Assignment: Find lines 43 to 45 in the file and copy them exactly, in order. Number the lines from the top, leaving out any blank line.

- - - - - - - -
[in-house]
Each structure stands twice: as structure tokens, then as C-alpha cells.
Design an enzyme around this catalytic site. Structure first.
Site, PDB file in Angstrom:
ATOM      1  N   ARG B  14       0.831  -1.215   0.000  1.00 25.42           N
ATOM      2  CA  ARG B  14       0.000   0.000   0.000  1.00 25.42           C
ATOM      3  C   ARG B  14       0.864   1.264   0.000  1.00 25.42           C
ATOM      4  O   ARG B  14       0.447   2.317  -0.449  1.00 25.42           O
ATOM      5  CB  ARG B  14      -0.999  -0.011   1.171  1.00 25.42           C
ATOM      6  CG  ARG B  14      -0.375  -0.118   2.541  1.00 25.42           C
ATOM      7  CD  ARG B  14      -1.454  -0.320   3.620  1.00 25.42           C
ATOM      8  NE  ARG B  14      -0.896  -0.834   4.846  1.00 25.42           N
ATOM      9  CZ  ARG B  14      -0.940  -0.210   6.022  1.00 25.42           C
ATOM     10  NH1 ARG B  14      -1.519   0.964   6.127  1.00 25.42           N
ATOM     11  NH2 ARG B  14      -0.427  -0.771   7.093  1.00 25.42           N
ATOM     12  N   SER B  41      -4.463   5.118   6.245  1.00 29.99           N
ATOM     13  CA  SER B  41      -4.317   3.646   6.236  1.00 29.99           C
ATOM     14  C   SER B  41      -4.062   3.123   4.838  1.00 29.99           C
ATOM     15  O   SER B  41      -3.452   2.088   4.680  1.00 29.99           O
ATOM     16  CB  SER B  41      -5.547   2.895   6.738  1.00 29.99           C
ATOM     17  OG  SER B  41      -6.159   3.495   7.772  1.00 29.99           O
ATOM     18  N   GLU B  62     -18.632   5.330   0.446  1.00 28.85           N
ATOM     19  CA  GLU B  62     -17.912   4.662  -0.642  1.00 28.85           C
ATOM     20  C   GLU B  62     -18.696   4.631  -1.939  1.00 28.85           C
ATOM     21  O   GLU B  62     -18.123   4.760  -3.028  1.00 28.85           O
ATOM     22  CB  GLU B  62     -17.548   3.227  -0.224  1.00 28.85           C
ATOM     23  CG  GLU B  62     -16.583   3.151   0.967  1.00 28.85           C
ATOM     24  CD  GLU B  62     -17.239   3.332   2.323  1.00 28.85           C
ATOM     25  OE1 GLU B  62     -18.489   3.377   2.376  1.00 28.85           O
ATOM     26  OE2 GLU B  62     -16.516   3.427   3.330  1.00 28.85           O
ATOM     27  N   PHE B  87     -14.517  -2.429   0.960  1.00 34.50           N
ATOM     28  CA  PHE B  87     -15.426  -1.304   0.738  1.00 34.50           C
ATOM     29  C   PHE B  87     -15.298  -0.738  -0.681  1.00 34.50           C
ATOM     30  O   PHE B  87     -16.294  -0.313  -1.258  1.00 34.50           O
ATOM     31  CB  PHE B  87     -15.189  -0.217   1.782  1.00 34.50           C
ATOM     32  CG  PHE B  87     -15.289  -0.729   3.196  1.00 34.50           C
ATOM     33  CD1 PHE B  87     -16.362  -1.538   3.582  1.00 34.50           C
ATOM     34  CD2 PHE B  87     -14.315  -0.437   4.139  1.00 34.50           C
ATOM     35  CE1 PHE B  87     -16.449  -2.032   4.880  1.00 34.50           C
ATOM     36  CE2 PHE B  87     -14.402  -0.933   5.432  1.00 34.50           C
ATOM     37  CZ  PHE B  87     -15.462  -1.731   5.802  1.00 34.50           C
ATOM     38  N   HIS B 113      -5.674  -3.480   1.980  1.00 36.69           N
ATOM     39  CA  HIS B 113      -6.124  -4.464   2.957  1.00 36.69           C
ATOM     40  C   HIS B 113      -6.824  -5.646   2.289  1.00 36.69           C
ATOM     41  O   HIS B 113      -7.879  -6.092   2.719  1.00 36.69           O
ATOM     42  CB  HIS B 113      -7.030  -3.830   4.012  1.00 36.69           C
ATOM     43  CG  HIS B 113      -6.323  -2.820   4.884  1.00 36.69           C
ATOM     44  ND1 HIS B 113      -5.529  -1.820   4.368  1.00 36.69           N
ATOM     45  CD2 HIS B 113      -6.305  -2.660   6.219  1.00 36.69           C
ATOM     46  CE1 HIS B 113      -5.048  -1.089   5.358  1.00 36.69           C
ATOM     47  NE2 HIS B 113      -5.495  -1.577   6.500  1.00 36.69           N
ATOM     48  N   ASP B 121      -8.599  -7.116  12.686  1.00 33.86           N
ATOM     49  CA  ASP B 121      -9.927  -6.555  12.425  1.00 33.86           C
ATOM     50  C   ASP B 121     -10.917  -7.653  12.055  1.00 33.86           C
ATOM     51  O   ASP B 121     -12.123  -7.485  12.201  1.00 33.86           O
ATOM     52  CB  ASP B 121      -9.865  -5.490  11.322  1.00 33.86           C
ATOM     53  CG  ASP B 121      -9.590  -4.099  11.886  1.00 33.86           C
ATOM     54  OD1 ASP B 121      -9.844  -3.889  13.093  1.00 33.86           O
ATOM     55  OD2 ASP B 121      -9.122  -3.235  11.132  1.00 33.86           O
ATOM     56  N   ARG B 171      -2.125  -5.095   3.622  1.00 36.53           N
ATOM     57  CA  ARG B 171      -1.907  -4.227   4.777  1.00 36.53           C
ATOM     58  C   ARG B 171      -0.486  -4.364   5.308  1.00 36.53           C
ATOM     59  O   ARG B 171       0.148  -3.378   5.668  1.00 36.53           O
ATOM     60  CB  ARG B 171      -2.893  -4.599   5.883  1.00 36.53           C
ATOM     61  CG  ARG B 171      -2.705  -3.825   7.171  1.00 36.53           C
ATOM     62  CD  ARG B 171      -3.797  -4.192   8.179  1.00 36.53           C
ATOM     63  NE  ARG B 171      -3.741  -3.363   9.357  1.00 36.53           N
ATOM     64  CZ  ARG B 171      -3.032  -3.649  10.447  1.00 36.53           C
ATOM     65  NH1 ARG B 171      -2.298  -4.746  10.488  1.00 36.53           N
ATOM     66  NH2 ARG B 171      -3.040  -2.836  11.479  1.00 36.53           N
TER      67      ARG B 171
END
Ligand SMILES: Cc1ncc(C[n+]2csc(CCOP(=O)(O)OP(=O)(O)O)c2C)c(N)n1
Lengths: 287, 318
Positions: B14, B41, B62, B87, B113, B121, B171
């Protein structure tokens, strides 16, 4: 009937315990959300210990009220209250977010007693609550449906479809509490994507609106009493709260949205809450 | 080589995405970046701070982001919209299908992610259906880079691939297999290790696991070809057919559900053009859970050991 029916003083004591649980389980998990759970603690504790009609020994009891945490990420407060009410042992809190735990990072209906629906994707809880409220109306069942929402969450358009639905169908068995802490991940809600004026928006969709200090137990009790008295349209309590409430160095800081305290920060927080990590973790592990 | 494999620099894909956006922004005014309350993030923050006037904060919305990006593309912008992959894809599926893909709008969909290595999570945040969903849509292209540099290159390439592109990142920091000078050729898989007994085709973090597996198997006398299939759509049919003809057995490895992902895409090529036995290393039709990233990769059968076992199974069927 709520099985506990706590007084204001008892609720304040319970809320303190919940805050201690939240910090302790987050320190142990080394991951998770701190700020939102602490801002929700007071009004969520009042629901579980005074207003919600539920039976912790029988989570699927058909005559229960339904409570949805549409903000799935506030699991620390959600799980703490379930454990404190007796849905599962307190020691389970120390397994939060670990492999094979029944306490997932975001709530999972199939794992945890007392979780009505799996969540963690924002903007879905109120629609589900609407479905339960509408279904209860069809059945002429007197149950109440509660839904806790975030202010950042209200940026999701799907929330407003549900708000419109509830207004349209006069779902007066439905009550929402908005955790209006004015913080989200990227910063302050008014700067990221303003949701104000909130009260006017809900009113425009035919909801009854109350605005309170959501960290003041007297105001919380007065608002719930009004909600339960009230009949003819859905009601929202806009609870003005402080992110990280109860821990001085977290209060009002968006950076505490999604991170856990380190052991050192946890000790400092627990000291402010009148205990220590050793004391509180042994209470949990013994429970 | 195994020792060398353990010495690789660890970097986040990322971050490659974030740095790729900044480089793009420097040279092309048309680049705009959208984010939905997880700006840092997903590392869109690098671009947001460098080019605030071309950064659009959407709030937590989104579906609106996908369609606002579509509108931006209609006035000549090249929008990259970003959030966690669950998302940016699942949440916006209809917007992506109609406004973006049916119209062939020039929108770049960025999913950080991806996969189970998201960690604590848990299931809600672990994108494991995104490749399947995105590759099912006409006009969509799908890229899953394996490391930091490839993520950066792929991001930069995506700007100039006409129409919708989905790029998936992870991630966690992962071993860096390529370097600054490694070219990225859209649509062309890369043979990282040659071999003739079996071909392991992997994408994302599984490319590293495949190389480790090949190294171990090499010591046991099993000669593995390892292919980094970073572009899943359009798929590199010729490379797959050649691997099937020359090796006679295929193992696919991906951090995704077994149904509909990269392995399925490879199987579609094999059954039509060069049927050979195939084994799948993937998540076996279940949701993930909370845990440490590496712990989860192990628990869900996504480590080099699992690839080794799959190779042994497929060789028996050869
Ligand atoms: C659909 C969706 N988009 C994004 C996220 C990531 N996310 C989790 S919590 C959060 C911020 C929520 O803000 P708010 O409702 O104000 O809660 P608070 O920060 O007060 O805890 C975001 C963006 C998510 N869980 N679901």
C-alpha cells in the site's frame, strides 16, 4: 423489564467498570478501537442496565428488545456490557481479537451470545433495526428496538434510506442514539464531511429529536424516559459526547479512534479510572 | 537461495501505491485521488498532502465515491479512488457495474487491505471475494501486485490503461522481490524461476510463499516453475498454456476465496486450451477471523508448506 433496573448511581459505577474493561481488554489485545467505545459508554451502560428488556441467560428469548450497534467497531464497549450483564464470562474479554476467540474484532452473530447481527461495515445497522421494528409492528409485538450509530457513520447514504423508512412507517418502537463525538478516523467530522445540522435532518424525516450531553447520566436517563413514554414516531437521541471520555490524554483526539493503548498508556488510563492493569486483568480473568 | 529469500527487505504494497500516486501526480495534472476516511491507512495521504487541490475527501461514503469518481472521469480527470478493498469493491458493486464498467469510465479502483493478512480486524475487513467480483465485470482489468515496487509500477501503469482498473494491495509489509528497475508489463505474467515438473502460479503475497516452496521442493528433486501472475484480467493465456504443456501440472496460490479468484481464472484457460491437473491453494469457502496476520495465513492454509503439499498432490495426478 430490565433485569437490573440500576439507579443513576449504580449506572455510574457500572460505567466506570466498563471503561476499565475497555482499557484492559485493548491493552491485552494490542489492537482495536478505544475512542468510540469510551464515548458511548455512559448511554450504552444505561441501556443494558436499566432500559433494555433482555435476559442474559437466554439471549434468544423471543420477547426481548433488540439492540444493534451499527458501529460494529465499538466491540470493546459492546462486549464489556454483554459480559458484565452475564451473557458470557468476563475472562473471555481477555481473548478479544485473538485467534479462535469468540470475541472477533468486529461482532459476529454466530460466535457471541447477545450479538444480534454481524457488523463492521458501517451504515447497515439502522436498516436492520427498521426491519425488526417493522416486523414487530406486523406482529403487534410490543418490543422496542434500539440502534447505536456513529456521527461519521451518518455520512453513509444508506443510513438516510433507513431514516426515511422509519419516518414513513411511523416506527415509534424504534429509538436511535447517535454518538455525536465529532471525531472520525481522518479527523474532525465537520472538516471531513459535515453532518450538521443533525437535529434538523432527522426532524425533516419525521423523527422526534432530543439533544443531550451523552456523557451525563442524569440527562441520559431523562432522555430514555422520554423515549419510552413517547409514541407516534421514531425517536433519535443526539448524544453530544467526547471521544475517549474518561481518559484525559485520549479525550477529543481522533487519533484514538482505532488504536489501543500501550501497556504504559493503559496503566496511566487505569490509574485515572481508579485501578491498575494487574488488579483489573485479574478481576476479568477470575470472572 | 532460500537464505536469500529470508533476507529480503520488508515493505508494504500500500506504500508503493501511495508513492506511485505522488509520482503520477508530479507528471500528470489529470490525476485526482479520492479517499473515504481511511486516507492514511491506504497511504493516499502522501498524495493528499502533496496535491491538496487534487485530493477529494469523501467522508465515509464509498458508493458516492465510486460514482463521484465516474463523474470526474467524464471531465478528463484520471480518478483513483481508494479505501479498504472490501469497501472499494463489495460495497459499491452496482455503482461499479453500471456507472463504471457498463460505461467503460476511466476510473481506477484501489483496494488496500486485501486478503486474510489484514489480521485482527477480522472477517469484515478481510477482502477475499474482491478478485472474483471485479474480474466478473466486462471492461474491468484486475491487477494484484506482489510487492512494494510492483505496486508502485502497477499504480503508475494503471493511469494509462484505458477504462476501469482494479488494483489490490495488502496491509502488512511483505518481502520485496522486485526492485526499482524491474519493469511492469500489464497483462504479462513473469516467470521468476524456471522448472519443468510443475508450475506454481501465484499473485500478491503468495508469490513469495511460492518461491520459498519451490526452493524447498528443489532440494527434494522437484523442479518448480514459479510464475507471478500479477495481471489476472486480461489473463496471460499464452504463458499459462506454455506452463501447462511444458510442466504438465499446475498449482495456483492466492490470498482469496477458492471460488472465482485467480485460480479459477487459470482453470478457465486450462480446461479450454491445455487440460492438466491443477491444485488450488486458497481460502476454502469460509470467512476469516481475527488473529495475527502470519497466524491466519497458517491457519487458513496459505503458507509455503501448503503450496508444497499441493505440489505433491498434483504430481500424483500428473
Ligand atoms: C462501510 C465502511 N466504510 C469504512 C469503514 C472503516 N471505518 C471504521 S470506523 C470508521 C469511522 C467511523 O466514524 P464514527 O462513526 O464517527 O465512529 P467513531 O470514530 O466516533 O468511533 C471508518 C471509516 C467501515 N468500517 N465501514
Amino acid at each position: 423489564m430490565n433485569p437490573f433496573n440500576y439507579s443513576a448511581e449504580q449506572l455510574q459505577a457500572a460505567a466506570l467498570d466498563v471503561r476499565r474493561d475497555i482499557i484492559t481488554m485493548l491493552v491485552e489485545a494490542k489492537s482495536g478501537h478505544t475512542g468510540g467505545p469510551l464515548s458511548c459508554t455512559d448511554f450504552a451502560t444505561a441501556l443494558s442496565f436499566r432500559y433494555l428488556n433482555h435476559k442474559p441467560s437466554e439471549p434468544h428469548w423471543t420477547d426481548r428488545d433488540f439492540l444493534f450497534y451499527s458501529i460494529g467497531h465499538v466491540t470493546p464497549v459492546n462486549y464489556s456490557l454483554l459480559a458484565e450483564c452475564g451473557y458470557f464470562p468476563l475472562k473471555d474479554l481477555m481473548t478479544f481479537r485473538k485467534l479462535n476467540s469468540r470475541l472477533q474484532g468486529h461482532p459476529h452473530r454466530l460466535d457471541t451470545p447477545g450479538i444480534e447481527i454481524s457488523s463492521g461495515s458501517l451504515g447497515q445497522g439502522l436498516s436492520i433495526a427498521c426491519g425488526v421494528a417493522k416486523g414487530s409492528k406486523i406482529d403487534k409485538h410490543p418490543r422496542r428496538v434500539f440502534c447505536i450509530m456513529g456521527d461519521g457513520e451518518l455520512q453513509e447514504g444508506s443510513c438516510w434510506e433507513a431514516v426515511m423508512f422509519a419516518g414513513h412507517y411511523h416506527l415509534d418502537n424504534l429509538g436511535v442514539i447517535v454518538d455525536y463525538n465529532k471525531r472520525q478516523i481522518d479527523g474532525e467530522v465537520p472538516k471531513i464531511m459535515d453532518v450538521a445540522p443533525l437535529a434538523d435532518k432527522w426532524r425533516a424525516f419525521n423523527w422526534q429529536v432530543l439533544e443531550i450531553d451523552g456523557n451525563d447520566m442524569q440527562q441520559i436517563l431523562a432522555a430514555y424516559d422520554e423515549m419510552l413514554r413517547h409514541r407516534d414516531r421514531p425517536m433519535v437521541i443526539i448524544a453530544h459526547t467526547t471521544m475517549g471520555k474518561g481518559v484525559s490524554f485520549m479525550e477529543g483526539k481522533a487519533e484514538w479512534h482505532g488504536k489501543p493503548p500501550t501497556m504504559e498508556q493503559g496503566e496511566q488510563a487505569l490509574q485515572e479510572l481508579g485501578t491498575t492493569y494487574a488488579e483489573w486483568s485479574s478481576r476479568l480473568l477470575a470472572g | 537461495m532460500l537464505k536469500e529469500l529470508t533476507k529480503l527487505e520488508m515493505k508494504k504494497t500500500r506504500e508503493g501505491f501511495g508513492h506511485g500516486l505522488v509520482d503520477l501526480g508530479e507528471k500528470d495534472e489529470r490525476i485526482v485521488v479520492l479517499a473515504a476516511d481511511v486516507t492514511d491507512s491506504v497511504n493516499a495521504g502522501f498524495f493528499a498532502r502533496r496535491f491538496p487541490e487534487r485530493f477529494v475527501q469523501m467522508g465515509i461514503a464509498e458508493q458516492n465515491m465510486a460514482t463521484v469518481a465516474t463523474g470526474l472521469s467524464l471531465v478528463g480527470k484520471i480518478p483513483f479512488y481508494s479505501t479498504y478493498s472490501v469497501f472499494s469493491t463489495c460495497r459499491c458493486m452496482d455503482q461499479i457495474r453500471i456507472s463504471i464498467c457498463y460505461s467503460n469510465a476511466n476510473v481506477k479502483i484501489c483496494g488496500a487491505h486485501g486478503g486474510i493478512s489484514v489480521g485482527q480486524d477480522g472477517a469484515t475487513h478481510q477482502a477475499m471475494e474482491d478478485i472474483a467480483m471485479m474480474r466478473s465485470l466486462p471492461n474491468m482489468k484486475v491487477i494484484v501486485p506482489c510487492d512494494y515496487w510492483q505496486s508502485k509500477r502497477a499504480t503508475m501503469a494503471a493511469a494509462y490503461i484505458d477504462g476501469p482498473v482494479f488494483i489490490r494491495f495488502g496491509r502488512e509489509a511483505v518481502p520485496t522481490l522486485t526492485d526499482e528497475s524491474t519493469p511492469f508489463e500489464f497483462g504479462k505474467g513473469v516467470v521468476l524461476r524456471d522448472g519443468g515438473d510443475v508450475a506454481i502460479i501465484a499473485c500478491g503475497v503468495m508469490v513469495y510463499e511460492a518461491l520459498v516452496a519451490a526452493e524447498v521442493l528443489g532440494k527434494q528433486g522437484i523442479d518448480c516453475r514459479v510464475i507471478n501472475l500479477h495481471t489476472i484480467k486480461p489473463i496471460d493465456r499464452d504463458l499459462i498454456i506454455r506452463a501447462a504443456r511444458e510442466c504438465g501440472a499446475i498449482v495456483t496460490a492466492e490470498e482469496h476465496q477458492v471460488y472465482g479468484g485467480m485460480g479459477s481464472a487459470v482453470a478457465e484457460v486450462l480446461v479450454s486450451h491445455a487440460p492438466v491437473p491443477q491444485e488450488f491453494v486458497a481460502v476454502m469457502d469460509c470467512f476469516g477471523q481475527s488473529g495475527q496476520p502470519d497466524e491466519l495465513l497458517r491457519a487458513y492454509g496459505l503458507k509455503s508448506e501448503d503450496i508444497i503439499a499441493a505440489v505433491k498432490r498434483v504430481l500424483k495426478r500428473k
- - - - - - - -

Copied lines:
ATOM     39  CA  HIS B 113      -6.124  -4.464   2.957  1.00 36.69           C
ATOM     40  C   HIS B 113      -6.824  -5.646   2.289  1.00 36.69           C
ATOM     41  O   HIS B 113      -7.879  -6.092   2.719  1.00 36.69           O